The publishing of this report coincided with the Scottish Government’s announcement of a £70 million investment package for Scotland from the European Regional Development Fund to embed circular economy models, practice across key industry sectors, and develop new business models. This should also contribute towards Scotland achieving a low carbon economy.

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Circular Economy Wardrobe
British Council - Architecture and Fashion Fund, 2017
Lynn Wilson

This free downloadable education pack is aimed at anyone who wants to explore their own clothing and textile consumption in relation to what a circular economy is. By raising awareness of what's in our wardrobes and asking ourselves questions about what do we know about the things we buy, we begin to become more informed, engaged product users who make better product user choices.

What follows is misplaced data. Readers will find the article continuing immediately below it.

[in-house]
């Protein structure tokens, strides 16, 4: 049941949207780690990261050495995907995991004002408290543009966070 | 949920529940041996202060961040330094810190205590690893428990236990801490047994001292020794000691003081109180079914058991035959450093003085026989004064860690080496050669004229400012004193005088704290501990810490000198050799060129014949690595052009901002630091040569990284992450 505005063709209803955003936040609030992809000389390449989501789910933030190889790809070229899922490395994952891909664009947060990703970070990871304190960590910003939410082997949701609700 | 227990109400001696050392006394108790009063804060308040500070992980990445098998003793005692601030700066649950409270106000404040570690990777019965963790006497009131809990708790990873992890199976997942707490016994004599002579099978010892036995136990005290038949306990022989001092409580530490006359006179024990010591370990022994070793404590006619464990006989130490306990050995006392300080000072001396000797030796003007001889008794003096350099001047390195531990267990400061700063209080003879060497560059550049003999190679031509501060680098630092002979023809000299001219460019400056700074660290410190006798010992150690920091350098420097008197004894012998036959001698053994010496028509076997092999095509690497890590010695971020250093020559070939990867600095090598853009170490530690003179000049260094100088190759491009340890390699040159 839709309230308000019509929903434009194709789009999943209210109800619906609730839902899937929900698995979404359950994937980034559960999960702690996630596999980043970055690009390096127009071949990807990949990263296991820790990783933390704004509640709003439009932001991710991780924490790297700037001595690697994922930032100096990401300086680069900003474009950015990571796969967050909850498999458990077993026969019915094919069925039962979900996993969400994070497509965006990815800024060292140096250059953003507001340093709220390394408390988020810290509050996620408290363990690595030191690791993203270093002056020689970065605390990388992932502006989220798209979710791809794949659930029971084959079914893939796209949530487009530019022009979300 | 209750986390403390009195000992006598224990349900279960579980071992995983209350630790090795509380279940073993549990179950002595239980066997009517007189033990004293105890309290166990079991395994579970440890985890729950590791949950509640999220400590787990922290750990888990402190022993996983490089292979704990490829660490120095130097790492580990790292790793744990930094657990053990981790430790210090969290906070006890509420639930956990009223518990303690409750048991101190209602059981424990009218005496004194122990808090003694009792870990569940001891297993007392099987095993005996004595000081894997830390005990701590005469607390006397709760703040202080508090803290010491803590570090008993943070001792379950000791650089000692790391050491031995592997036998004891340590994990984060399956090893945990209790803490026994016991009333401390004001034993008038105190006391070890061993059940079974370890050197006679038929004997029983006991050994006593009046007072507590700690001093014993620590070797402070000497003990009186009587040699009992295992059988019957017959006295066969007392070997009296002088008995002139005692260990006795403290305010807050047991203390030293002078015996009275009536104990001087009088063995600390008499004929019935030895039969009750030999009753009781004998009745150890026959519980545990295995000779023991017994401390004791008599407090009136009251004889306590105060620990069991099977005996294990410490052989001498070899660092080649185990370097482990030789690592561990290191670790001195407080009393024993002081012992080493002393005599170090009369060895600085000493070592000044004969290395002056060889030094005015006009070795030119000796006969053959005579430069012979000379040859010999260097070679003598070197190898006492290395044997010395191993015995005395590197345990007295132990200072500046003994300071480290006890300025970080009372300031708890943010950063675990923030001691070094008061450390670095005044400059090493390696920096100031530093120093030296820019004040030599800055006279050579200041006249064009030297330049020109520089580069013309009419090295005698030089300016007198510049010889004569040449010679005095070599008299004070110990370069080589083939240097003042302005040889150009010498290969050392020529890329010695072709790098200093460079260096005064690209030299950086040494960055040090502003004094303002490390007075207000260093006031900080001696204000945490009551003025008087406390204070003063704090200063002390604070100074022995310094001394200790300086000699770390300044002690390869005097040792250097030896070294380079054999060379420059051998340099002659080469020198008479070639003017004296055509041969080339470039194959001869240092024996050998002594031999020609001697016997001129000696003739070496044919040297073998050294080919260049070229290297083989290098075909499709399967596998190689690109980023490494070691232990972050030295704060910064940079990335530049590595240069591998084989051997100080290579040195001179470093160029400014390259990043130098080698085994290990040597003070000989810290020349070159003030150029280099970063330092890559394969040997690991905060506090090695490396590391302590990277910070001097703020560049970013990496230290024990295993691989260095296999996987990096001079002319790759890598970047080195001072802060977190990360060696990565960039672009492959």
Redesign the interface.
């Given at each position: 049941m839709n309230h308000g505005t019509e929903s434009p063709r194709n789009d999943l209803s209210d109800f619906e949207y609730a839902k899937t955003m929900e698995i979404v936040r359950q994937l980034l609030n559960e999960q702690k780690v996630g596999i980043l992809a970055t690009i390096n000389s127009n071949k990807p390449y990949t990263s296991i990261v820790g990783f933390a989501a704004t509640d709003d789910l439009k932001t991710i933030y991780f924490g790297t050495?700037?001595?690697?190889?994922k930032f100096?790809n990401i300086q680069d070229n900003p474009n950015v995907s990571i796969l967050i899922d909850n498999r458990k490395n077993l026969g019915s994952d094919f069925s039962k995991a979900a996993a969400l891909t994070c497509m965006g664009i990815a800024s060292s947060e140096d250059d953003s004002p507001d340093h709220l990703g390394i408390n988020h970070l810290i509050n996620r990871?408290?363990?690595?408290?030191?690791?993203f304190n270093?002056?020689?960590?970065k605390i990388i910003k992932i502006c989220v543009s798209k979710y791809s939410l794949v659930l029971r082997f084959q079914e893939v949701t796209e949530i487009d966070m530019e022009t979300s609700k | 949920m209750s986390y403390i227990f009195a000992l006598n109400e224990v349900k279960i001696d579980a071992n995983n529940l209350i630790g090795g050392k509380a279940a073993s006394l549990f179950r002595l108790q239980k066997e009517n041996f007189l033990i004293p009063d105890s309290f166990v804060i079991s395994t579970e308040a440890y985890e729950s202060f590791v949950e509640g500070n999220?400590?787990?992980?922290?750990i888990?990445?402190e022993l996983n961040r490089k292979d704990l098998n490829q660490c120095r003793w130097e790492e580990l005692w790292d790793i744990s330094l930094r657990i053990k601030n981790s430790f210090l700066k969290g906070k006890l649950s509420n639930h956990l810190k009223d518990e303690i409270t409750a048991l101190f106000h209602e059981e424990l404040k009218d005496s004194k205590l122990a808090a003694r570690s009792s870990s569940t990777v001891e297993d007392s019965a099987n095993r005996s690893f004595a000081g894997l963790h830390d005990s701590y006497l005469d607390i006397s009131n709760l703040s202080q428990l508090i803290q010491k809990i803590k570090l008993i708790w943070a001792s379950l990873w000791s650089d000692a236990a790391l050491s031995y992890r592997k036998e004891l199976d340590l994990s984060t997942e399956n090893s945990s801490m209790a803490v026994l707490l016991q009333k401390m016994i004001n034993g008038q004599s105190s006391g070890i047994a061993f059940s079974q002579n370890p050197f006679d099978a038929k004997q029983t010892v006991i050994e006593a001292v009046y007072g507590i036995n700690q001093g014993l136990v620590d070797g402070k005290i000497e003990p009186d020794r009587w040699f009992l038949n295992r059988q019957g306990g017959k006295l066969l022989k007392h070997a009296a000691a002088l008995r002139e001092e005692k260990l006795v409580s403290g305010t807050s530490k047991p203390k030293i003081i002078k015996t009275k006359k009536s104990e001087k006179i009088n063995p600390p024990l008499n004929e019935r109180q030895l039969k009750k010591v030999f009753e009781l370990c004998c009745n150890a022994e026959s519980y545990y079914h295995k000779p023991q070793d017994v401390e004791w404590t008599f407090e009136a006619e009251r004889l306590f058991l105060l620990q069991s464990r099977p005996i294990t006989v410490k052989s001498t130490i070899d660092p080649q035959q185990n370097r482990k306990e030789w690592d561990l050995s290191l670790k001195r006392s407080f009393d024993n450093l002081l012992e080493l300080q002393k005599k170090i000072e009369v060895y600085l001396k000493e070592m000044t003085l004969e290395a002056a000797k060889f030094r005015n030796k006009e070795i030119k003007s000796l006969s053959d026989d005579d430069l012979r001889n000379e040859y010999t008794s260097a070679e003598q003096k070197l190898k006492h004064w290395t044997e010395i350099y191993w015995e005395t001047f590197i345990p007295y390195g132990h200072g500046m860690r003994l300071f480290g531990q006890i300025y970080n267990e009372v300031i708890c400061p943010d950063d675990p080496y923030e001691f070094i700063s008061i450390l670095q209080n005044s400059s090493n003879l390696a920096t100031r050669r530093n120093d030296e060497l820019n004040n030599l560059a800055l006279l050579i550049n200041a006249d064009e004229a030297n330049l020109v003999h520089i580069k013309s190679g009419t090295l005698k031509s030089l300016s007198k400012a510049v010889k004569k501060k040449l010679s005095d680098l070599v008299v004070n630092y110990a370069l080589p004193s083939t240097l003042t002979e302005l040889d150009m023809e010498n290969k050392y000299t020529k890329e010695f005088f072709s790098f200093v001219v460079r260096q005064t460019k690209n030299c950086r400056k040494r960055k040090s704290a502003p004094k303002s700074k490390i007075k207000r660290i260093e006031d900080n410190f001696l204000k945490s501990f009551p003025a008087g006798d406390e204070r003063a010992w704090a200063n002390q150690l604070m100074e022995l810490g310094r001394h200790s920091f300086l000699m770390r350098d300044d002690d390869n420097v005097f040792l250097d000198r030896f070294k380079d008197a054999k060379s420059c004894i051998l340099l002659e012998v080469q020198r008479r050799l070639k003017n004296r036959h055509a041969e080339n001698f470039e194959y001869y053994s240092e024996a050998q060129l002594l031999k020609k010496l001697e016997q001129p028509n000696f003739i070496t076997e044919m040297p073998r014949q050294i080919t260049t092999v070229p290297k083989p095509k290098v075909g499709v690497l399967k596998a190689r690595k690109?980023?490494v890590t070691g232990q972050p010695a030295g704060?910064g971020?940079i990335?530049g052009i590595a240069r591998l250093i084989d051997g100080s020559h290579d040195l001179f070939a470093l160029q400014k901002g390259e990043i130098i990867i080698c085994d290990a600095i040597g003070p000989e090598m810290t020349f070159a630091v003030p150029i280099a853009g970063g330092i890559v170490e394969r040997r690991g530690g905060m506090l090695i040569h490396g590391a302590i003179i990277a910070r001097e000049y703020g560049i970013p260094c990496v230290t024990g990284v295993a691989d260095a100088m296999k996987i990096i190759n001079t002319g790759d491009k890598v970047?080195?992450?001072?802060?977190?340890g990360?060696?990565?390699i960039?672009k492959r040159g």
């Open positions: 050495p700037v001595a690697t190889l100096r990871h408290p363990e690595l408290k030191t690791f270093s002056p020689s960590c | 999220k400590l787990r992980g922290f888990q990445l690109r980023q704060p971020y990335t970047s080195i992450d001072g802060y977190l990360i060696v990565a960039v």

• Circular economy

  • Zero waste

  • Sustainability

  • Design and manufacturing

These resources have been funded by the British Council as an extension grant of the Churchill Foundation.